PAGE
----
SACRAMENTO, Calif. (KGTV) -- In a document detailing devastation that could swarm California by 2100, the State of California Monday released its fourth climate change assessment.
Some of the details divulged in the report include two-thirds of Southern California beaches the state says could completely disappear. And if that’s not enough, wildfires could nearly double in size by 2100, according to the California Natural Resources Agency.
In a quote on the report, Governor Jerry Brown took a swipe at President Trump saying, “In California, facts and science still matter,” seemingly referring to the Trump administration’s stance on environmental issues. Brown went on to label the finding an “apocalyptic threat” in a dramatic response to the assessment.
The report isn’t all doom and gloom, however, and offers a glimmer of hope as to how the state hopes to respond to the threat.
Since the release of the third climate change assessment in 2012, the Golden State has experienced several history-making natural events, which include a five-year drought, flooding and increasingly-destructive wildfires.
The report suggests that the extreme events will only continue to worsen in the future.
Warnings in the report
Climate change will make the forests more susceptible to extreme wildfires. According to the report, if greenhouse gas emissions continue to rise, the average area burned by wildfires could increase by as much as 77 percent.
The report added that the frequency of fires burning more than 25,000 acres could increase by nearly 50 percent.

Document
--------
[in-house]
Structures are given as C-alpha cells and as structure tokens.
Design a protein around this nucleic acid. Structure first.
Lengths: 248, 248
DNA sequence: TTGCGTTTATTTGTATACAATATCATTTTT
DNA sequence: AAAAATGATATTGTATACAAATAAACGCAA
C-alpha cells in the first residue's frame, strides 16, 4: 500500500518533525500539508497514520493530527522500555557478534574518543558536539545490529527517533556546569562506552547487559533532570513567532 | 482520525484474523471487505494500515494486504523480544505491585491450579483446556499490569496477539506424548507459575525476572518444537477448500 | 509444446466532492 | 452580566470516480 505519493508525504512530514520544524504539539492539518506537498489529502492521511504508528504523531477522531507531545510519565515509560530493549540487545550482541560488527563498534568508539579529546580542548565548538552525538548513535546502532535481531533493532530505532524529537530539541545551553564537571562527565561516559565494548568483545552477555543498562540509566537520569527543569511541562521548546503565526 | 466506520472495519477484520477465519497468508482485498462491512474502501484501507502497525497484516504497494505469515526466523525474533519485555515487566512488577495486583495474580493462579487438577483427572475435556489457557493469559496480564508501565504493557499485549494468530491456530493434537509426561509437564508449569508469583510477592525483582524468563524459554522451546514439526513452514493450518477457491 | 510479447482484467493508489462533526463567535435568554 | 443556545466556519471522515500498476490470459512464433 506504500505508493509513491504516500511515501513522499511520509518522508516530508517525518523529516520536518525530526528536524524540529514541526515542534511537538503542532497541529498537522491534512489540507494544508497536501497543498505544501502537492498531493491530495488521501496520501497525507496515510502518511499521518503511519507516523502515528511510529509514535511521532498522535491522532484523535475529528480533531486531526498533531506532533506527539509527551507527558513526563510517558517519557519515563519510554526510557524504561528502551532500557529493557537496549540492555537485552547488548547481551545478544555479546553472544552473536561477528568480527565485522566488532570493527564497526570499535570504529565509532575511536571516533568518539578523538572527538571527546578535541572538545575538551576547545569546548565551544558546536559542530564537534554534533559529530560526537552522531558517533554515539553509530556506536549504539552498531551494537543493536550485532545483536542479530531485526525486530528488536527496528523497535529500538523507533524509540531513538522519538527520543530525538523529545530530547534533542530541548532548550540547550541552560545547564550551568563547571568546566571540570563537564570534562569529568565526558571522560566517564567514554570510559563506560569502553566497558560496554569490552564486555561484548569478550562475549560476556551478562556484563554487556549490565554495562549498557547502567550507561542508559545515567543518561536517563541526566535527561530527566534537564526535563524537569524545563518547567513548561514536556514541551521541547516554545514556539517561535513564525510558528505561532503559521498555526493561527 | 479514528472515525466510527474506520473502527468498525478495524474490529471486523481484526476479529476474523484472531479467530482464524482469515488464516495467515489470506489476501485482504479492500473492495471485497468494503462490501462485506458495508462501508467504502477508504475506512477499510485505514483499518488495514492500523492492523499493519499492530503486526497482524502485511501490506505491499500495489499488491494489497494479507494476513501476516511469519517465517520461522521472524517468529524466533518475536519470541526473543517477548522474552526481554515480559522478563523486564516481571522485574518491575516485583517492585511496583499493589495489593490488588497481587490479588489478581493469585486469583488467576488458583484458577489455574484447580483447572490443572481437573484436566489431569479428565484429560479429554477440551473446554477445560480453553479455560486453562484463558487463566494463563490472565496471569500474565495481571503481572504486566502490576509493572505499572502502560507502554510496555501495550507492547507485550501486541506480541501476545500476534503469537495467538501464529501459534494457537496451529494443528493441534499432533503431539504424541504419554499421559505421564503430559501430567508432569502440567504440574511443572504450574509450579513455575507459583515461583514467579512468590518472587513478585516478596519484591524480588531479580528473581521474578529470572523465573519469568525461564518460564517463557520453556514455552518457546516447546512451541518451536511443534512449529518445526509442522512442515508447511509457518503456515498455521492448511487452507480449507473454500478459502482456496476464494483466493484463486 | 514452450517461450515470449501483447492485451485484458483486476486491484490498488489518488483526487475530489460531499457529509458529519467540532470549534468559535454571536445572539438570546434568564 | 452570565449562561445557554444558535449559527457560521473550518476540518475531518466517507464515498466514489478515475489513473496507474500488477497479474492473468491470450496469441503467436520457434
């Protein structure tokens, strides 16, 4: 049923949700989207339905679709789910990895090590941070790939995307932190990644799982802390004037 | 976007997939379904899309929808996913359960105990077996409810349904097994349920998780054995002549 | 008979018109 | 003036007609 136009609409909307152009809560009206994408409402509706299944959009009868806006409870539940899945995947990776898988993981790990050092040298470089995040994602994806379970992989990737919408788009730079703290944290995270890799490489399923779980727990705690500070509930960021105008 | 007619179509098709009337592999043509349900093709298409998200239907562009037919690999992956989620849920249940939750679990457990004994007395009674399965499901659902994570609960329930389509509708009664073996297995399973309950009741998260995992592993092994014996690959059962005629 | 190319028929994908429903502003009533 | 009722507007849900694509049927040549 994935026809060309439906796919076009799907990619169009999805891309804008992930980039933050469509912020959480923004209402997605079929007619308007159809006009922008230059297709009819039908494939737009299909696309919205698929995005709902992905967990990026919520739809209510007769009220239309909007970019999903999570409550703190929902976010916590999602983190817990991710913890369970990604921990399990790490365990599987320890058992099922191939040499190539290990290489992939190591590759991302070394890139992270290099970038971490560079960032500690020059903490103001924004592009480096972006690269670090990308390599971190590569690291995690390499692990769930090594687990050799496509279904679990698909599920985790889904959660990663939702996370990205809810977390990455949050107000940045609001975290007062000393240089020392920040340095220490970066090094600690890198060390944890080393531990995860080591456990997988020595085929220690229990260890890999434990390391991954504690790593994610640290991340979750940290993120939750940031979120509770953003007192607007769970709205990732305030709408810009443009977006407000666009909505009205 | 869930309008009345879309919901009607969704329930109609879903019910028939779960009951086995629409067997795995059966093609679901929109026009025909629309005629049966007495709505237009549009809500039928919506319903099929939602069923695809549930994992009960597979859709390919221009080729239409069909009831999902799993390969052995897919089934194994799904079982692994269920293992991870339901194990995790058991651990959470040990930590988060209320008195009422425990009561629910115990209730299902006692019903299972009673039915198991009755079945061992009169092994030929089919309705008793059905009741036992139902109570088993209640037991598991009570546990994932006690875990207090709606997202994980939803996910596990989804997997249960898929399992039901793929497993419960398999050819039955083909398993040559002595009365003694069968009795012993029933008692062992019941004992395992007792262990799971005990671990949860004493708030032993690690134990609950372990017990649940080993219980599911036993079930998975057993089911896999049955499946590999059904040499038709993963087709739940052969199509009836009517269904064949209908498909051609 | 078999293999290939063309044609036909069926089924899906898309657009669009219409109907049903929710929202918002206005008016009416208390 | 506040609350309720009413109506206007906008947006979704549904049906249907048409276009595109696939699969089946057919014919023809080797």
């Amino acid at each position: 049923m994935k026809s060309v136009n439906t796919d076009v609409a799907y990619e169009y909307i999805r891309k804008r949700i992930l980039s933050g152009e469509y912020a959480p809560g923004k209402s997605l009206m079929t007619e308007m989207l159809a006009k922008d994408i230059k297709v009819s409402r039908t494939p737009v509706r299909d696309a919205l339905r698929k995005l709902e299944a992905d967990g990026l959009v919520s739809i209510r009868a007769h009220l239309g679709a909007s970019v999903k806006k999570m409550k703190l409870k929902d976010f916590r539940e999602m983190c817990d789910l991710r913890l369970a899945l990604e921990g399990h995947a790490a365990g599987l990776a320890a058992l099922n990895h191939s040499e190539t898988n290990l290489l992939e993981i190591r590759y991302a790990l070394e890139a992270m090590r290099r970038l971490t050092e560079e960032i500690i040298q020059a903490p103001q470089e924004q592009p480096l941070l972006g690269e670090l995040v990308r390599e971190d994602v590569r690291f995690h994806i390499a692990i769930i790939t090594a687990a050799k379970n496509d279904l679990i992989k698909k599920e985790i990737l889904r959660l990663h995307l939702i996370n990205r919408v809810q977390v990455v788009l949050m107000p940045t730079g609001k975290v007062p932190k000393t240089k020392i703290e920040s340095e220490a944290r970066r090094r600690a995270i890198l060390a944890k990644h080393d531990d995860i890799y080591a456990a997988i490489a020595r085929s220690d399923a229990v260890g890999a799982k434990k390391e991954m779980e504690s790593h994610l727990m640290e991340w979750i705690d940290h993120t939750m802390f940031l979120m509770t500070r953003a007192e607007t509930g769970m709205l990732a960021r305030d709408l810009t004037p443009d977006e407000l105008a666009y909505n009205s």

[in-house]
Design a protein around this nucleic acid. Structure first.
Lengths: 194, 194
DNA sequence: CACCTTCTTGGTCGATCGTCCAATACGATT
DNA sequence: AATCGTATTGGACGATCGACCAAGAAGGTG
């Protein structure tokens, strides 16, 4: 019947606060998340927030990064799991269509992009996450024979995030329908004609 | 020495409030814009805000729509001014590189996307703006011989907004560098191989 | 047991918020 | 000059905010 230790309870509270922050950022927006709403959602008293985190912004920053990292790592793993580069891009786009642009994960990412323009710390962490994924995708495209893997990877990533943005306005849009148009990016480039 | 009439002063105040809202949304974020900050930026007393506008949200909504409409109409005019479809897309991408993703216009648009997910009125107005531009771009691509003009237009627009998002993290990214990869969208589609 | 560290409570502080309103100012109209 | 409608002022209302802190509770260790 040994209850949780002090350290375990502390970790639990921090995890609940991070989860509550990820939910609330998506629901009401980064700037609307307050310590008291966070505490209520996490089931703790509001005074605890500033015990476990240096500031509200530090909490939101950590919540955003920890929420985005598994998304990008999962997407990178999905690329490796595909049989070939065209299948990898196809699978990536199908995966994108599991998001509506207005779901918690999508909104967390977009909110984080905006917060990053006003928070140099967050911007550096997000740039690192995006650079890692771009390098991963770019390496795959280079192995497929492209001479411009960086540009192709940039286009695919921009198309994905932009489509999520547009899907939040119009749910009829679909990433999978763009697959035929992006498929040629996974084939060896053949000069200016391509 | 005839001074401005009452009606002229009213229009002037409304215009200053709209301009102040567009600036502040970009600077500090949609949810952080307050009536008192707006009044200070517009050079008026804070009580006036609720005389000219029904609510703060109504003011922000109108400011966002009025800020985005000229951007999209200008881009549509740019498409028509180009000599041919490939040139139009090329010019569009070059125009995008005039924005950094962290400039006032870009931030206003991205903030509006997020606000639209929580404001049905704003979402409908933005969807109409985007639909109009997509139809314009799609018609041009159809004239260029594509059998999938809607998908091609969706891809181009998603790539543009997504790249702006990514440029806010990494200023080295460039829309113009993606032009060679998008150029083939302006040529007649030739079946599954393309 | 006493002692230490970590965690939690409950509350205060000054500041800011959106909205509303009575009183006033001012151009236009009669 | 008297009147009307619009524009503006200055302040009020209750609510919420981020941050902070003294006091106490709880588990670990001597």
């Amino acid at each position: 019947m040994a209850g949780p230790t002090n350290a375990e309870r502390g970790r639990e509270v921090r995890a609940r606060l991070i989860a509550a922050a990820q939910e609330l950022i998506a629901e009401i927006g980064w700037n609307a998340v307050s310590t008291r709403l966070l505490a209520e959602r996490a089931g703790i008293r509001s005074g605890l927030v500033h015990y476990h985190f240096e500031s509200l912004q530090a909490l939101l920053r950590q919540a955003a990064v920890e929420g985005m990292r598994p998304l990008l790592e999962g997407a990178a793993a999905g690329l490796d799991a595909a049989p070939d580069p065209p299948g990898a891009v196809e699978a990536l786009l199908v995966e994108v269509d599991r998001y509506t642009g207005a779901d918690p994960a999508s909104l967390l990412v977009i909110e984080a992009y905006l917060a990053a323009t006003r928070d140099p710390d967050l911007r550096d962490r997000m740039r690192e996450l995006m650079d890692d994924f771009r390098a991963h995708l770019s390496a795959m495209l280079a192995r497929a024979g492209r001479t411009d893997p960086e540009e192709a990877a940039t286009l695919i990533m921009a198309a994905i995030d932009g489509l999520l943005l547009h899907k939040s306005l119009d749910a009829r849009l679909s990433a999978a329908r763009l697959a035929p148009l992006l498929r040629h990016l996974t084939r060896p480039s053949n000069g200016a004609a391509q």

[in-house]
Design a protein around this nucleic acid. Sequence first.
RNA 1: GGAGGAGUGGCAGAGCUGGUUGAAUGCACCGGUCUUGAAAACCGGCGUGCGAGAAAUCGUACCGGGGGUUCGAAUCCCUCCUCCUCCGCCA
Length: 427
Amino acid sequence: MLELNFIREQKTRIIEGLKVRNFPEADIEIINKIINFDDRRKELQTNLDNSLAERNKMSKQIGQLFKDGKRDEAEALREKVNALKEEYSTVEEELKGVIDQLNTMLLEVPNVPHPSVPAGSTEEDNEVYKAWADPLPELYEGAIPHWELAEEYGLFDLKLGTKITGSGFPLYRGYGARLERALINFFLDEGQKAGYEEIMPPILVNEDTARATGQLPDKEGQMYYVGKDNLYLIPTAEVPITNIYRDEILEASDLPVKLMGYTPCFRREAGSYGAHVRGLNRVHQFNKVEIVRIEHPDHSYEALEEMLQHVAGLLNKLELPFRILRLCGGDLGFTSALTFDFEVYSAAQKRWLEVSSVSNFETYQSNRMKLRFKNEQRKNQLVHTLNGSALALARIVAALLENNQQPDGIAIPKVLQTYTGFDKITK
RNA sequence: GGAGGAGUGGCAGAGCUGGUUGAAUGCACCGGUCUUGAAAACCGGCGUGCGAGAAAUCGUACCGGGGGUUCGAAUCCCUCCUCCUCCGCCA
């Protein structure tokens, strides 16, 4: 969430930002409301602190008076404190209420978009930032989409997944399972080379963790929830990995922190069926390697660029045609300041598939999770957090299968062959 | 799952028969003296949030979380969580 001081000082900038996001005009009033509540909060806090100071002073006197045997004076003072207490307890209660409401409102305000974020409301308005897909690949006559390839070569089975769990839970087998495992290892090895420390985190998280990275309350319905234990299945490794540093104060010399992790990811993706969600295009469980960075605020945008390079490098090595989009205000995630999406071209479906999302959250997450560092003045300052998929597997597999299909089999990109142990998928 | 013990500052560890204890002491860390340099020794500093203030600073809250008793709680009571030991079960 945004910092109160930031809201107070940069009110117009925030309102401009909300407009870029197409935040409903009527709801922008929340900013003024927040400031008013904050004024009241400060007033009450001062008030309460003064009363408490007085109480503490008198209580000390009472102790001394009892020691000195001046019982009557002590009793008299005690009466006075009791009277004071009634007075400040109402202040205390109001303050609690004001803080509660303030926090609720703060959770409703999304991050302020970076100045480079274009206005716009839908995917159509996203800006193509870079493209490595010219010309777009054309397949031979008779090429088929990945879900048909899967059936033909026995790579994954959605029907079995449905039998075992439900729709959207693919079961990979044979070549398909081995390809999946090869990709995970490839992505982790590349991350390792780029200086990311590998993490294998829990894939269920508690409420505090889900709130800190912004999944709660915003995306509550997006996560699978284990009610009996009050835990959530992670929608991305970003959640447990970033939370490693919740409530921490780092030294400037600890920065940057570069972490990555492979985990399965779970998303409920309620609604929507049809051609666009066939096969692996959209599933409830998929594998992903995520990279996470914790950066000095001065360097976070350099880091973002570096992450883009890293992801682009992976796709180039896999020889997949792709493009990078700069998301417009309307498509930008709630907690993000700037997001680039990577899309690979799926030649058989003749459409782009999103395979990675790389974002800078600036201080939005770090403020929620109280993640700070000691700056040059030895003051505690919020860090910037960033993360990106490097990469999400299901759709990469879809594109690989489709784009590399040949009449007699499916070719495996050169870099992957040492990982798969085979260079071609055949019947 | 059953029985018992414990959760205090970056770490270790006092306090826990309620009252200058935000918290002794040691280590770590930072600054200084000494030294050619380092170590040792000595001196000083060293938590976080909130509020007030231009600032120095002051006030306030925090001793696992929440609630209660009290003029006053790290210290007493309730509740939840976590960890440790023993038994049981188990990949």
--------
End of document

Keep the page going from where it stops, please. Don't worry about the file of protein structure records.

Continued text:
Under mid to high sea-level rise scenarios, up to 67 percent of Southern California beaches could be eroded by 2100.
Of course, that’s without human intervention. The updated modeling of such possible events hopes to analyze vulnerabilities in certain areas, helping local agencies take action against erosion.
As seen in San Diego County this year, higher temperatures will increase the demand for electricity in homes for things like air conditioning.
Though the higher demand is expected to sweep through inland areas, the coast isn’t immune from these events, though the report predicts that areas closer to the ocean will see a more moderate increase in energy need.
Extreme heat events
As a result of increasing heat, deaths and illness related to high temperatures are expected to increase. By mid-century, the Central Valley could experience heat waves that average two weeks longer than those currently.
The hot spells could also happen four to 10 times more often. A new tool that assesses the heat is set to support public health departments as they try to reduce heat-related illness.
Of course, all of the above scenarios assume the worst and nothing is guaranteed. The state says the report will highlight how California can better prepare infrastructure for the future.